The Mechanical Man was consistently good for several seasons at a very demanding position. He was the Tigers second baseman for sixteen full seasons and portions of three others. In his second full season, 1927, he hit .317, and began a fourteen season streak where he never hit below .298. He won his only batting title, and subsequently the MVP, in 1937 by hitting .371, but probably his best season was 1936, when he hit .354 and had 60 doubles, which is the sixth most in a season ever. He was good fielder, racking up 462 Fielding Runs Above Replacement (adjusted for all time), which is slightly better then nine time gold glove second baseman Ryne Sandberg. Probably the most impressive statistic is his strikeout to walk ratio. He walked 1,186 times, and struck out only 372.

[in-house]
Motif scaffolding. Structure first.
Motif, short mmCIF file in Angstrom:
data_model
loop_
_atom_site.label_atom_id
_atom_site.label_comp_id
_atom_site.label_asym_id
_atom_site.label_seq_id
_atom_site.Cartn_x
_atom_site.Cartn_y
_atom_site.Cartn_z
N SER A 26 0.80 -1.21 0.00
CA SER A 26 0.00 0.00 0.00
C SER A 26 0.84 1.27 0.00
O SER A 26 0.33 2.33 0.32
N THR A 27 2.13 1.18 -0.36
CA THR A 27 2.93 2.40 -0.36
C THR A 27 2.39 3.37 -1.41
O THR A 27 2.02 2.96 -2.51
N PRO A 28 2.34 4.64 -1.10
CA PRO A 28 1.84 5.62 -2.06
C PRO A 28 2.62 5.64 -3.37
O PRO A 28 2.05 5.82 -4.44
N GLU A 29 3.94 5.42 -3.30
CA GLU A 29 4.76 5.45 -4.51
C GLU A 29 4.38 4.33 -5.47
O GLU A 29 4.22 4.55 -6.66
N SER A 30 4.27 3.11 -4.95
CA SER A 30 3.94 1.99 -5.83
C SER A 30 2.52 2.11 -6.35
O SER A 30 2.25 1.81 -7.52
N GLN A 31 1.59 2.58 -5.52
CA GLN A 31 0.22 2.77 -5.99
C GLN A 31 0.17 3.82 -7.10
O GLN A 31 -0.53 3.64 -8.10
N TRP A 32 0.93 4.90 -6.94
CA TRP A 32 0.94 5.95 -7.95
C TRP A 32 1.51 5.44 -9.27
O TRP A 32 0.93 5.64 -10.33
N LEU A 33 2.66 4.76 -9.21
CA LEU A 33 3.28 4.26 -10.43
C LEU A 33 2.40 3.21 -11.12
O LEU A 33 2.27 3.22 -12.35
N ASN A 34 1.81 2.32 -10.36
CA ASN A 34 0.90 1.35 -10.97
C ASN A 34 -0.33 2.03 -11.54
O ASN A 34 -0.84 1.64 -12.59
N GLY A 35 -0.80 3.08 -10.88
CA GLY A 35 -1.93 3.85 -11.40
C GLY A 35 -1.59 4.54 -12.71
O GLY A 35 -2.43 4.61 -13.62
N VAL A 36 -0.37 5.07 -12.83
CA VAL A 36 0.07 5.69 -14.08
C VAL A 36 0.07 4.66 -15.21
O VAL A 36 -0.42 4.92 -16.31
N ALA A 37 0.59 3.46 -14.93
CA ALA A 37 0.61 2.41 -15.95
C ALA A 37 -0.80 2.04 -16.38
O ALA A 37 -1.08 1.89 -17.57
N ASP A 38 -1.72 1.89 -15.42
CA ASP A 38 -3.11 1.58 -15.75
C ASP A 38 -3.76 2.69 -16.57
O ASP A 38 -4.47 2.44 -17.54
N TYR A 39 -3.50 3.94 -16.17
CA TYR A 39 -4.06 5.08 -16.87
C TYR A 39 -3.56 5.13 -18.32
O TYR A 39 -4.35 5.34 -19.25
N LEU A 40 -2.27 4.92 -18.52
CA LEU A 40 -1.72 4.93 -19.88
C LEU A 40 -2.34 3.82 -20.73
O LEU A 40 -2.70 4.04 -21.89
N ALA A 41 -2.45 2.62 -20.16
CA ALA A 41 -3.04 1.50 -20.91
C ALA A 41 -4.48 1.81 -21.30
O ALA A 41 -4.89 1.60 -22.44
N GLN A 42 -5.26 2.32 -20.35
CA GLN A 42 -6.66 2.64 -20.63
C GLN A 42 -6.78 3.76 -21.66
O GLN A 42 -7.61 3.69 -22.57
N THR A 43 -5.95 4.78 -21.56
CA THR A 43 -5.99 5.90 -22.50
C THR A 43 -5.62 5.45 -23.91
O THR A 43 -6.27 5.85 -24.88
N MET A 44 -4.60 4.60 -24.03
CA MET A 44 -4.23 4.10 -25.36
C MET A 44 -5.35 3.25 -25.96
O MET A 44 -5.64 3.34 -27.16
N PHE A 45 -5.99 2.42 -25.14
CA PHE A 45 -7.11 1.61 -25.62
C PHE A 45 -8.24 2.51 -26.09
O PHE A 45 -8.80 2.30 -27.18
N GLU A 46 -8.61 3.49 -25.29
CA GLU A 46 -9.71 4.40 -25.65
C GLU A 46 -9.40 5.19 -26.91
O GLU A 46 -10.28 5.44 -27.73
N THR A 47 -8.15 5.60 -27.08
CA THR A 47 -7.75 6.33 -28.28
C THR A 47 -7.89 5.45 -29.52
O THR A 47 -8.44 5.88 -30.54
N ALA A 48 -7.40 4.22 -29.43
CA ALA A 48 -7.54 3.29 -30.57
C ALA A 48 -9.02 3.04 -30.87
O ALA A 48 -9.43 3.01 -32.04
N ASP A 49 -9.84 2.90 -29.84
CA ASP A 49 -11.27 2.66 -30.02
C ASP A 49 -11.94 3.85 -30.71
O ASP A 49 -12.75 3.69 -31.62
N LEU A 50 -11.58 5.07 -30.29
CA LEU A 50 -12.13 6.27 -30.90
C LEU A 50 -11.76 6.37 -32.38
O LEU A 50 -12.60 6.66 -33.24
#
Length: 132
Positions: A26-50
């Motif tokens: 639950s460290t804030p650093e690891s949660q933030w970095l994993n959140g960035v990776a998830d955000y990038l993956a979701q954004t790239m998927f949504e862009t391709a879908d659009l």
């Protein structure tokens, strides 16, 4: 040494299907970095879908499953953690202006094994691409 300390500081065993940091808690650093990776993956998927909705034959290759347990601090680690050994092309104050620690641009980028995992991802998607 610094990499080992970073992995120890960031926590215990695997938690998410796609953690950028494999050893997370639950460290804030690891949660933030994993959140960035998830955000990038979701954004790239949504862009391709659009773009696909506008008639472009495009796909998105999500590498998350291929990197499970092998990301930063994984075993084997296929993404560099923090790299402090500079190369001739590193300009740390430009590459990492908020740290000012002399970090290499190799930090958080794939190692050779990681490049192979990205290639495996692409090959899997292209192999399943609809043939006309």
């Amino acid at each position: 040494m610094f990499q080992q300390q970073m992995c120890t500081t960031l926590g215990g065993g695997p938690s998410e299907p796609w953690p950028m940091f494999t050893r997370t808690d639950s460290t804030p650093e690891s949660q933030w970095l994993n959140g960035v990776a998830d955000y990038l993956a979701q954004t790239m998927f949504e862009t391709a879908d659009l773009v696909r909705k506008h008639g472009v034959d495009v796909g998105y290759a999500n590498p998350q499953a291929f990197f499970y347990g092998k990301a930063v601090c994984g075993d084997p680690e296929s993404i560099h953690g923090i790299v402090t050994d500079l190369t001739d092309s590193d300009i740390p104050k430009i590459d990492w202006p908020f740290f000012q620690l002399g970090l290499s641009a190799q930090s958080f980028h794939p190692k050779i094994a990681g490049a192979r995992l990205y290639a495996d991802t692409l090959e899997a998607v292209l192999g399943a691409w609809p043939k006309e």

1935 was an excellent year for Gehringer. He put up a .330/.409/.502 season, garnering 201 hits, 123 runs, and 108 RBIs. He hit nineteen homers, which was the second most he ever hit in a season. This total doesn’t seem like a big deal now, but at the time, it was good for eighth in the American League.
If there was a big three in Detroit in the mid-30s, it was Mickey Cochrane, Hank Greenberg, and Charlie Gehringer. If you look at the 1935 team season leaders, one of these three guys are listed for every single category.